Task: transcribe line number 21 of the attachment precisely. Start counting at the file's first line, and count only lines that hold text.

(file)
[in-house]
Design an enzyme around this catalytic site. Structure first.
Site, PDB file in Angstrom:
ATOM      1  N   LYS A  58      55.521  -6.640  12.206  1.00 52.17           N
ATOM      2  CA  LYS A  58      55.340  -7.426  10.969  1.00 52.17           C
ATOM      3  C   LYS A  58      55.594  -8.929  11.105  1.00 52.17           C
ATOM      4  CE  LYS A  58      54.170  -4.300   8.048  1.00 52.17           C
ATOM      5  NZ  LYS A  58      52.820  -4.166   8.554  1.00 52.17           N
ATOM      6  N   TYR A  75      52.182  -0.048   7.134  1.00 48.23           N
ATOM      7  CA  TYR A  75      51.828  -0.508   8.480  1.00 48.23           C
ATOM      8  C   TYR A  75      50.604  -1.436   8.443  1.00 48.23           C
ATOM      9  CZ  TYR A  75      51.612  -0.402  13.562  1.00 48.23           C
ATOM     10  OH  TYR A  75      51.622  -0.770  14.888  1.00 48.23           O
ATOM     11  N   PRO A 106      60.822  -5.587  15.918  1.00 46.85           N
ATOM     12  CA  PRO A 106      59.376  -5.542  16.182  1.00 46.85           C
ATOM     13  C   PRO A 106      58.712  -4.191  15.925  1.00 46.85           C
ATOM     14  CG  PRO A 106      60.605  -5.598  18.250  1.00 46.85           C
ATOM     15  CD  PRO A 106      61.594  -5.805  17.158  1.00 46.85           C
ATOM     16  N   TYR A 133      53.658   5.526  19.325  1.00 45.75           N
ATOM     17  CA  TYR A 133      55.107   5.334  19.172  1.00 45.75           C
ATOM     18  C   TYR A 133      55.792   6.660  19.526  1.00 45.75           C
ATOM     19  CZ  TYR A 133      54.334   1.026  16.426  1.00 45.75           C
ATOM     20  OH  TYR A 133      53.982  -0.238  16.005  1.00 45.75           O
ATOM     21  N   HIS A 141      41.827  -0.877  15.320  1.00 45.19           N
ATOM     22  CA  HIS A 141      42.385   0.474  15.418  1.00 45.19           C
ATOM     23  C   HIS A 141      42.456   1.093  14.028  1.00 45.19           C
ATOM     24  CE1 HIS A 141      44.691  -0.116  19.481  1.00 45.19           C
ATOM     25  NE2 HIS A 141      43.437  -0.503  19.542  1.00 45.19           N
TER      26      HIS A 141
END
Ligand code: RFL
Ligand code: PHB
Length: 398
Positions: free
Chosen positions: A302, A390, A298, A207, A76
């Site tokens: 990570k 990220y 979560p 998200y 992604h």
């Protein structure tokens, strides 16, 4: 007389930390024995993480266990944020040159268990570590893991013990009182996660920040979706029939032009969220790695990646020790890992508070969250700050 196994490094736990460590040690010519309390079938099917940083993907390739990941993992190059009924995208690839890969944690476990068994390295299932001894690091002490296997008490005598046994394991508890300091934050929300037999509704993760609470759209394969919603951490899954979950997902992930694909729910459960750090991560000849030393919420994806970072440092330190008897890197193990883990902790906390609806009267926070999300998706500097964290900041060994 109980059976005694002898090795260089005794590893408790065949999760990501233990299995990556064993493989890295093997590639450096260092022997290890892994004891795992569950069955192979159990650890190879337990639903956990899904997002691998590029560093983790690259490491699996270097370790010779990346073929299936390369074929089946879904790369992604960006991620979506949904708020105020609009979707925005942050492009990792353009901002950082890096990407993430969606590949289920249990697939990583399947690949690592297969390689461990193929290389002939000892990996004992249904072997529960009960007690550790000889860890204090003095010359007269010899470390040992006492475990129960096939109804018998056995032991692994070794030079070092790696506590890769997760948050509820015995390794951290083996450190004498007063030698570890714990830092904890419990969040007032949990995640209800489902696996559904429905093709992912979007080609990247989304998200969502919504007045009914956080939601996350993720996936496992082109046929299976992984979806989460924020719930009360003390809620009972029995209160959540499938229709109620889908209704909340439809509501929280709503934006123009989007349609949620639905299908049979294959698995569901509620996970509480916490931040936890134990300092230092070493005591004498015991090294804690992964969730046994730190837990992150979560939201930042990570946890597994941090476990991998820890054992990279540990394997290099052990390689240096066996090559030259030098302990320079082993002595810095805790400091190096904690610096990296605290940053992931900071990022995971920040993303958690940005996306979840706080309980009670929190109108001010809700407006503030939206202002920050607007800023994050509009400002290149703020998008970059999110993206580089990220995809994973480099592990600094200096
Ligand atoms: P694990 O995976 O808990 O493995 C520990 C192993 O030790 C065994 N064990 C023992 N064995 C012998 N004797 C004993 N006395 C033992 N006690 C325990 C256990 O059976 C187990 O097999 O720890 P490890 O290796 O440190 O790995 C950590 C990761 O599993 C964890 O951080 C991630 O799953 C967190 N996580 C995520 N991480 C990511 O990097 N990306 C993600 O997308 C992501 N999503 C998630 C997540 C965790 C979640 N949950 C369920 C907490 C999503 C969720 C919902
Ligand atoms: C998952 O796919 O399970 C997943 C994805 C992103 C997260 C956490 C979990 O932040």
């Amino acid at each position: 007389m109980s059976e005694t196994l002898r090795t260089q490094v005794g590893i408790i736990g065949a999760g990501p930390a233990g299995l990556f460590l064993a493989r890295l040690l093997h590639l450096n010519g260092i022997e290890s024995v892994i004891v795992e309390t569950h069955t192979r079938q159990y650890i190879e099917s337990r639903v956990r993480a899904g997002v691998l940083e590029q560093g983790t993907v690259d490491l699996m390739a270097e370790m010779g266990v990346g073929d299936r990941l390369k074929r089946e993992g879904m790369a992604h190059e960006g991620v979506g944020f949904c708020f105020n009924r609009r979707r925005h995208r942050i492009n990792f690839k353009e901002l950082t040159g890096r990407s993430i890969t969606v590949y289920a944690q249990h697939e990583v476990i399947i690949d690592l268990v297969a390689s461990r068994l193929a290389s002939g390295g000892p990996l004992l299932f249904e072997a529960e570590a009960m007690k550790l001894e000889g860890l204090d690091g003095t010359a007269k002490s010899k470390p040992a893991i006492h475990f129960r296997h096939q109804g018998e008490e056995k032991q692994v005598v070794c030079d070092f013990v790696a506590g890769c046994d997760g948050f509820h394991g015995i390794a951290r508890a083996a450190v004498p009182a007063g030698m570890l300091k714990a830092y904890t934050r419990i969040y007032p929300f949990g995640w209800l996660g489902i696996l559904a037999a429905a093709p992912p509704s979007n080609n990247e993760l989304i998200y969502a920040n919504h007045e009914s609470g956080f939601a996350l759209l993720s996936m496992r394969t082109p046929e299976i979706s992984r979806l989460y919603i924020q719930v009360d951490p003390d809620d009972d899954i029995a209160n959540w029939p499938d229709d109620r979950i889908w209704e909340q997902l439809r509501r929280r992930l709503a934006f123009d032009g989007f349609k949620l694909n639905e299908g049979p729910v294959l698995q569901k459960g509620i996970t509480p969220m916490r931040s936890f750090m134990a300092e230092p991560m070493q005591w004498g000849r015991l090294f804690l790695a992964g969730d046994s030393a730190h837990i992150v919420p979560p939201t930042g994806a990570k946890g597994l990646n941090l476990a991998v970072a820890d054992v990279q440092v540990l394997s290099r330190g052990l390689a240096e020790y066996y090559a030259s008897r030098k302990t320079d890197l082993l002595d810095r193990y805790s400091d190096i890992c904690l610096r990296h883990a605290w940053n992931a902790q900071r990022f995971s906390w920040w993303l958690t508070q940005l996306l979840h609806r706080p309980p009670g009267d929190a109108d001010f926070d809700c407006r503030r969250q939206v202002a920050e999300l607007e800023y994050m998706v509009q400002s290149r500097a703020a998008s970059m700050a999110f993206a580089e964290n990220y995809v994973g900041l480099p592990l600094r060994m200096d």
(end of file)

ATOM     18  C   TYR A 133      55.792   6.660  19.526  1.00 45.75           C